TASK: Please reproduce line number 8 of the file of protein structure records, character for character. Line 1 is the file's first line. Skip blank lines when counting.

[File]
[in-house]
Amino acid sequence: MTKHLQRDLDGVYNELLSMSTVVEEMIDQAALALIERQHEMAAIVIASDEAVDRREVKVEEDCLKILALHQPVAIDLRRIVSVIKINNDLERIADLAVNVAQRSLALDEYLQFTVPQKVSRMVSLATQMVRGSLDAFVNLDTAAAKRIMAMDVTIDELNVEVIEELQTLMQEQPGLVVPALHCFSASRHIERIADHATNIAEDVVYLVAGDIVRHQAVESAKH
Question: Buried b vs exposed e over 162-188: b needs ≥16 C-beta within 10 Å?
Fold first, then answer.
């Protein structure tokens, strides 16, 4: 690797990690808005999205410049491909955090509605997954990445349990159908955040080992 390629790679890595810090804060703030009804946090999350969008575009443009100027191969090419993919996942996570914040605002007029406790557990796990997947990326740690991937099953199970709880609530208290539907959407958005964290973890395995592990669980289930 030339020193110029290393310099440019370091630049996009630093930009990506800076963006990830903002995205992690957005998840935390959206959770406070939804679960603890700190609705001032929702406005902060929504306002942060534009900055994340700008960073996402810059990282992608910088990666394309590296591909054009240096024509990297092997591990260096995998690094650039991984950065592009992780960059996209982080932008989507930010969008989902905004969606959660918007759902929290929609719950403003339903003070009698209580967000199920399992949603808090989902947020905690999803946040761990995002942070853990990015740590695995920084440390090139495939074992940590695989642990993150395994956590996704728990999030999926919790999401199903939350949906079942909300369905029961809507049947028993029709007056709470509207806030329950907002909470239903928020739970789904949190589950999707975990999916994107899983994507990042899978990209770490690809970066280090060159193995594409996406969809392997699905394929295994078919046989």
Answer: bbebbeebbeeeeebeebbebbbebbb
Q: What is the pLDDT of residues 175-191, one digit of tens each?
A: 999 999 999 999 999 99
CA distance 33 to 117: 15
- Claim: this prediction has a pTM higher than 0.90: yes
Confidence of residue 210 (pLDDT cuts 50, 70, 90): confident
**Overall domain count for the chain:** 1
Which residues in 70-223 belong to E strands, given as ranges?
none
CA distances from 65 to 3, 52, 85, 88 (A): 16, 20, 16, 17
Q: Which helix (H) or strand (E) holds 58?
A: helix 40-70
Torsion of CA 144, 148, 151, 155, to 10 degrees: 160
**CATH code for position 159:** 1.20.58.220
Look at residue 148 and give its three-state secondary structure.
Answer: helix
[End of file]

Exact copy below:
A: 999 999 999 999 999 99